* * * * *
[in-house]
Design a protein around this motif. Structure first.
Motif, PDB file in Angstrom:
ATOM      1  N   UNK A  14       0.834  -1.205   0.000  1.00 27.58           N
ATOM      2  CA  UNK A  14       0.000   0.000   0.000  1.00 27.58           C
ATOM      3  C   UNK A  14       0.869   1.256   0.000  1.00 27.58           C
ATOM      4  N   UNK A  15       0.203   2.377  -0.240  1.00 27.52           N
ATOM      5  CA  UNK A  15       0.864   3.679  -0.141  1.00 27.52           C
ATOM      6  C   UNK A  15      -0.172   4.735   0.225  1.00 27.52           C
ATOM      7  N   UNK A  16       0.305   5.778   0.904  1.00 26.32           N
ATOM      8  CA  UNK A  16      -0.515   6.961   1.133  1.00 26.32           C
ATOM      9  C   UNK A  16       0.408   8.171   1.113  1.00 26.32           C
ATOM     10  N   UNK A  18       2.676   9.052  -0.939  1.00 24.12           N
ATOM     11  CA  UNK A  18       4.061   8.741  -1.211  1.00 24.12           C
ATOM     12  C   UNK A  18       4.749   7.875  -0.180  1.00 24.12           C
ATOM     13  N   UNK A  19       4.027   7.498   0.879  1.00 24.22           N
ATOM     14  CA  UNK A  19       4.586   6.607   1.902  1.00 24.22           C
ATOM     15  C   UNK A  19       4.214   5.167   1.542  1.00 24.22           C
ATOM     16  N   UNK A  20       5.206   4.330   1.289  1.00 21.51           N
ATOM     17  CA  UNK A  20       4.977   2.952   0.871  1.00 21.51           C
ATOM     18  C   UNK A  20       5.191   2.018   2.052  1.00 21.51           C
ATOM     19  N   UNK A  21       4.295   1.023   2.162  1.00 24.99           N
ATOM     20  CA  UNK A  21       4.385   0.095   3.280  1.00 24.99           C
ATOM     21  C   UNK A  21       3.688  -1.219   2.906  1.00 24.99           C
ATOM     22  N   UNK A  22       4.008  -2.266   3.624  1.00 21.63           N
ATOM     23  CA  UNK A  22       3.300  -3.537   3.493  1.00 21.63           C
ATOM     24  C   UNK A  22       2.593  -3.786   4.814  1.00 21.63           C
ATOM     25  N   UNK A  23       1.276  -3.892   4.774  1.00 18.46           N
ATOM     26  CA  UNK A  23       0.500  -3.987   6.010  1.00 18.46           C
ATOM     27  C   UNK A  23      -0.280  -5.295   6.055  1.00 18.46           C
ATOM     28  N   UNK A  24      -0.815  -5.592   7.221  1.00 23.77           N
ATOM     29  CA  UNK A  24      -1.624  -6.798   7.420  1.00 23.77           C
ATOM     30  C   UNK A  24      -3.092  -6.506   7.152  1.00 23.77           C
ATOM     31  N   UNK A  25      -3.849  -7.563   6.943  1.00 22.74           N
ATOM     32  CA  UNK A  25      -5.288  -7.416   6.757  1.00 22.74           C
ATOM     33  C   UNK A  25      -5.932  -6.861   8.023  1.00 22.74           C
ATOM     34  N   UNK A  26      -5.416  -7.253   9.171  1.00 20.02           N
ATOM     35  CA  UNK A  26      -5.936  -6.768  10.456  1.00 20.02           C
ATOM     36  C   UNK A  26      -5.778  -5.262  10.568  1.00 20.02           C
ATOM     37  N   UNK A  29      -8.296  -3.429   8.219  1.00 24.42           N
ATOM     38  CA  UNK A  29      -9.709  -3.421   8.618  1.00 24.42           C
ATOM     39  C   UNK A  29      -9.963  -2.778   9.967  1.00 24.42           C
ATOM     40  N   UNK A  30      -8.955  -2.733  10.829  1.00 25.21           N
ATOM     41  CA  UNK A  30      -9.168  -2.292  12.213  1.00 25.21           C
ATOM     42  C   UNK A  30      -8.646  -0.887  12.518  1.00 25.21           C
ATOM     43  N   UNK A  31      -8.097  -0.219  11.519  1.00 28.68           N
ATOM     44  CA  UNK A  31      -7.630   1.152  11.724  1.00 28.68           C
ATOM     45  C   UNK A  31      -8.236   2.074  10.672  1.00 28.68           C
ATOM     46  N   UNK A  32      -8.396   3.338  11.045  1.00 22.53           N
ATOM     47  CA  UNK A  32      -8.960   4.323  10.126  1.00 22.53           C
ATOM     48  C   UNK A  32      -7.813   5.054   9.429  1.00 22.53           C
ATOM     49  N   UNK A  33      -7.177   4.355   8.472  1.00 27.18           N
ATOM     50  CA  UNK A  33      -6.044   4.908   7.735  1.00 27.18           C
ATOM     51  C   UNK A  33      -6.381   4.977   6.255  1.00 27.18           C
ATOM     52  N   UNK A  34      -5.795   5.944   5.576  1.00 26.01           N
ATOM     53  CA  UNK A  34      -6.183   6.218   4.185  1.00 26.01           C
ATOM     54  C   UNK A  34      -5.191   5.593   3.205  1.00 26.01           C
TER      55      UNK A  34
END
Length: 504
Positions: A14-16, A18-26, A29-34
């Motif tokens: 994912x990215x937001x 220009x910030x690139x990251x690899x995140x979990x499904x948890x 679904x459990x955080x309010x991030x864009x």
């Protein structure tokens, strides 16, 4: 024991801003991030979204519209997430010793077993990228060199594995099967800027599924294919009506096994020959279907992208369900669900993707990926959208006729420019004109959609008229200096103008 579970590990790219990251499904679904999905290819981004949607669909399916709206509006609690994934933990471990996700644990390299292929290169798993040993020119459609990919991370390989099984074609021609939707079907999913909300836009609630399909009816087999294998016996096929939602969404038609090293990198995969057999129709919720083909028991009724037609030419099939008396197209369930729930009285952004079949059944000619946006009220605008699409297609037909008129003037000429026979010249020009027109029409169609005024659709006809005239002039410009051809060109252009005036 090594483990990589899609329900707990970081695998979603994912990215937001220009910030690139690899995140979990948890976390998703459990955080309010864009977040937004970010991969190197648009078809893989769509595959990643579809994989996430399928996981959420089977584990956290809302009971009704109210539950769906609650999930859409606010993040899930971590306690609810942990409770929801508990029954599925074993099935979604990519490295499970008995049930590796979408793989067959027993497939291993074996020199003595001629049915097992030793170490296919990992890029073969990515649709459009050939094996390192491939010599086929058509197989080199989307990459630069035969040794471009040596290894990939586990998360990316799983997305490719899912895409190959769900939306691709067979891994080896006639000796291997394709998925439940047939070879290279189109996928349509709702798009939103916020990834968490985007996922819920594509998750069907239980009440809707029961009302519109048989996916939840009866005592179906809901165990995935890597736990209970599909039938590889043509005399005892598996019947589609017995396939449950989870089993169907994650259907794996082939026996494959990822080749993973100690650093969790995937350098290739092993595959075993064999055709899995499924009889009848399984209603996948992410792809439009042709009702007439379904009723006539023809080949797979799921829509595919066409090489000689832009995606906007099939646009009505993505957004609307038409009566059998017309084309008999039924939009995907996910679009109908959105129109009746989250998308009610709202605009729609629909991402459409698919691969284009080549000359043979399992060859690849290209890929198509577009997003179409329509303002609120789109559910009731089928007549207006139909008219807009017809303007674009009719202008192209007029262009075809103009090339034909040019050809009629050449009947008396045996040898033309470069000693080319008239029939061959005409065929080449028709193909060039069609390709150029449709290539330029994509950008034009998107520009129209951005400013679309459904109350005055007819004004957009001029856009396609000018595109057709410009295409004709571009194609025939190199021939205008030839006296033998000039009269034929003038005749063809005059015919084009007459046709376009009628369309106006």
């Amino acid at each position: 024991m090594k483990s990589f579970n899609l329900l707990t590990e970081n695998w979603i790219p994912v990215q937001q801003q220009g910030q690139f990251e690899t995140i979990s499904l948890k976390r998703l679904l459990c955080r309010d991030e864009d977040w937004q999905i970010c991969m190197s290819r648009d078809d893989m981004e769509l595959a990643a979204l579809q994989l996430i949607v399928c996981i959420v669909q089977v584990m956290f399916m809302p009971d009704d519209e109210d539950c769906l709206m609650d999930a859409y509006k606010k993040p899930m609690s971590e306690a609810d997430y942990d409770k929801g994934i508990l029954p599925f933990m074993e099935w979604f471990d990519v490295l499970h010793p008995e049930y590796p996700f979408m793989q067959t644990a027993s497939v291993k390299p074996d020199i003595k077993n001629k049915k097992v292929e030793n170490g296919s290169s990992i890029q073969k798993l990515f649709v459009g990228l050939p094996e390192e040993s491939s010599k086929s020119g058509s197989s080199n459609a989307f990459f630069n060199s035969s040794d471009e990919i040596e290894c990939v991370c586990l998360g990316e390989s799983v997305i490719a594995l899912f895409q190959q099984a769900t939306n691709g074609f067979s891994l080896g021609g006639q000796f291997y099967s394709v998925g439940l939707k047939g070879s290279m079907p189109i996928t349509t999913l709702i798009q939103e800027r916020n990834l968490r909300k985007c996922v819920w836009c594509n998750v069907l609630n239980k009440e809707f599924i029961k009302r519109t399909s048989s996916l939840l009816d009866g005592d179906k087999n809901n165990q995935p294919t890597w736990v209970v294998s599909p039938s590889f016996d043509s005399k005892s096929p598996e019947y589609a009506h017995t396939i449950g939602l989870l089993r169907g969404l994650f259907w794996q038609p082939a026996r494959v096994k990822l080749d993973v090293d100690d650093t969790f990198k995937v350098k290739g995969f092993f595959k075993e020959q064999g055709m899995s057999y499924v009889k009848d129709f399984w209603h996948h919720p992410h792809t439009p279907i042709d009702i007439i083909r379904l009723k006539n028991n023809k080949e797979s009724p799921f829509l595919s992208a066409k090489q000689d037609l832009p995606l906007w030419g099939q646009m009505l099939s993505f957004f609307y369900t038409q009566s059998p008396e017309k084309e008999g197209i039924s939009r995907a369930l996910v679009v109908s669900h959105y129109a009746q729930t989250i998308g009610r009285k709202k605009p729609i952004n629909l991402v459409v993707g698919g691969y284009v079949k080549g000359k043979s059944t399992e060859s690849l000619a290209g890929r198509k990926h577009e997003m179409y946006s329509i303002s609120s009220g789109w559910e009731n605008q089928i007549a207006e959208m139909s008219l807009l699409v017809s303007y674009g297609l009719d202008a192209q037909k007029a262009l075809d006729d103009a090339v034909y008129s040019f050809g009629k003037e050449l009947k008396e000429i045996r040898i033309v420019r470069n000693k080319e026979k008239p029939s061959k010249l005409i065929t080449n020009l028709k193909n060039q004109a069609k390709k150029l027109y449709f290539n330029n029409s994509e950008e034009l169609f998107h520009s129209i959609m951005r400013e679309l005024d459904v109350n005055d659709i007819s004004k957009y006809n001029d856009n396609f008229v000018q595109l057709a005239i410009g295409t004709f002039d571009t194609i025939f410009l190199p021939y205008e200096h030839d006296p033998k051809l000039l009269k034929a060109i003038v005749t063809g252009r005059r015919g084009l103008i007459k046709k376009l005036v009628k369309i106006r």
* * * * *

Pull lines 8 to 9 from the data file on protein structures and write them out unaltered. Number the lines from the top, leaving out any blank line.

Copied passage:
ATOM      5  CA  UNK A  15       0.864   3.679  -0.141  1.00 27.52           C
ATOM      6  C   UNK A  15      -0.172   4.735   0.225  1.00 27.52           C